I HAVE to admit that even I was surprised at the number of people who had drowned in the Avon at Bath, not realising there had been 12 until I saw the actual list.
What a tragic waste of young lives, and how so completely unnecessary, as virtually all the deaths were, when it came down to it, self-inflicted.
No, no, I don't want to hear again that the people in the pubs and clubs are to blame for serving someone already well intoxicated—after all it could be the person's acquaintances buying the alcohol, and the bartender seeing nothing.
I don't want to hear that it is the friends' fault either, for anyone surely is capable of saying 'no', and the friends too may be in a state that it is not realised how drunk an acquaintance is.
And I certainly don't want to hear that again it was the friends' fault for not insisting the person was put in a taxi—for surely that must be for the person himself to decide.
And as to fencing — all too often that has proven too much of an appeal.
I was once fairly well castigated for mentioning exactly the above in the case of one lad who drowned in the Avon and whose stricken mother accused them all, and me too.
But no matter the many and various excuses, if someone is stupid enough to get so drunk they cannot control where they are going, then step into the Avon, surely, there is only one person that can be blamed. Like it or not.
So there is another canal programme on the telly—about cruising on 'barges'—that rather shows how much they know!
This one comes under the illustrious title of Celebrity Carry On Barging, with its producers promising us 'it is going to be your new favourite TV obsession'.
I should tell you more, but forgot when the first episode was, but we are told there will be 'an element of canal-based danger' with the celebrities—sorry, forgot those too—'being in a small, confined, water-based space'.
But I did remember it's on Channel Five, in case you are at all interested.
I gather it did not work
After being somewhat vilified for leaving sunken boats in locks, Canal & River Trust announced a while ago with its usual pomp and circumstance that it had joined up with River Canal Rescue (RCR) to get sunken boats out quickly, so we boaters were not held up.
This was after contractors had messed about at a Bath lock for a week attempting to get the sunken boat out but gave it up with RCR coming along and getting it out in a few hours.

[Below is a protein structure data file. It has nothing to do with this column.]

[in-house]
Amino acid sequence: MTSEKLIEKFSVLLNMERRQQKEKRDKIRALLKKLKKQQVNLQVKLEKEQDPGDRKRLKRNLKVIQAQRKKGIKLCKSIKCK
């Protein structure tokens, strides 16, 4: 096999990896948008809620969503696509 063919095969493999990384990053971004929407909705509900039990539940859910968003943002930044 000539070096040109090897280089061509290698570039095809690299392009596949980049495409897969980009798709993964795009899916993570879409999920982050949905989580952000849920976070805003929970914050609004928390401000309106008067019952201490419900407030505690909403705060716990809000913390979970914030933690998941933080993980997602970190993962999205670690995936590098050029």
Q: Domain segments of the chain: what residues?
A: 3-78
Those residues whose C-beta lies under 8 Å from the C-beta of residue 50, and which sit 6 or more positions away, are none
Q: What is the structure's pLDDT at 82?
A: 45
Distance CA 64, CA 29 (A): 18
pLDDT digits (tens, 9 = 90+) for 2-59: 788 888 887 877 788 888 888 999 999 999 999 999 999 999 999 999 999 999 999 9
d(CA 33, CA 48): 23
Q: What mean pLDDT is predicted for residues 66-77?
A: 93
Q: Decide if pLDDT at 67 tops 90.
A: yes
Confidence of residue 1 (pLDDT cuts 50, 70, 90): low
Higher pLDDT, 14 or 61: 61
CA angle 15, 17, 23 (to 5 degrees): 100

CaRT then told us about its scheme to allow the professional, RCR, to remove sunken boats, wherever they were, quickly.
But alas and alack, something must have come unstuck with the arrangement, for the one sunk in the Soar in June and marked with buoys, is still there, with now the buoys having come adrift and the boat somewhat more of an hazard.
Mind you, CaRT had a crafty plan—it told us it had been removed, but had to admit later that it hadn't! But let's have it shifted.
There was not only the sunken boat in the Soar, but one at King's Bromley on the Trent & Mersey that was left for 15 weeks.
Recently one sank in the Regents Canal, so how long is that going to be there?
Mind you, both were by the towpath, so as not actually hindering navigation too much, perhaps they don't matter. But certainly don't fit in with the trust's description of its 'attractive canals', both being somewhat unsightly wrecks.
Has its advantages
That wasn't a very attractive description by winter moored boater Karen Mitchell on Sawley Cut about our marina at Sawley being the noisiest in the country.
Yes, we do have an airport, a motorway and even a railway near by, but doesn't dear Karen realise they can be very handy indeed? The M1 for instance is the main reason we moor there—it takes us straight to the marina!
Off to the Smoke?—Two stations to choose from just minutes and a fast train. Off on holiday?—a bus stops bu the marina gate to the airport. How many marinas offer that?
Anyway, out Thomas is deaf, so what the odds, eh?
[Note: There will be no updates on Monday, but will resume on Tuesday.]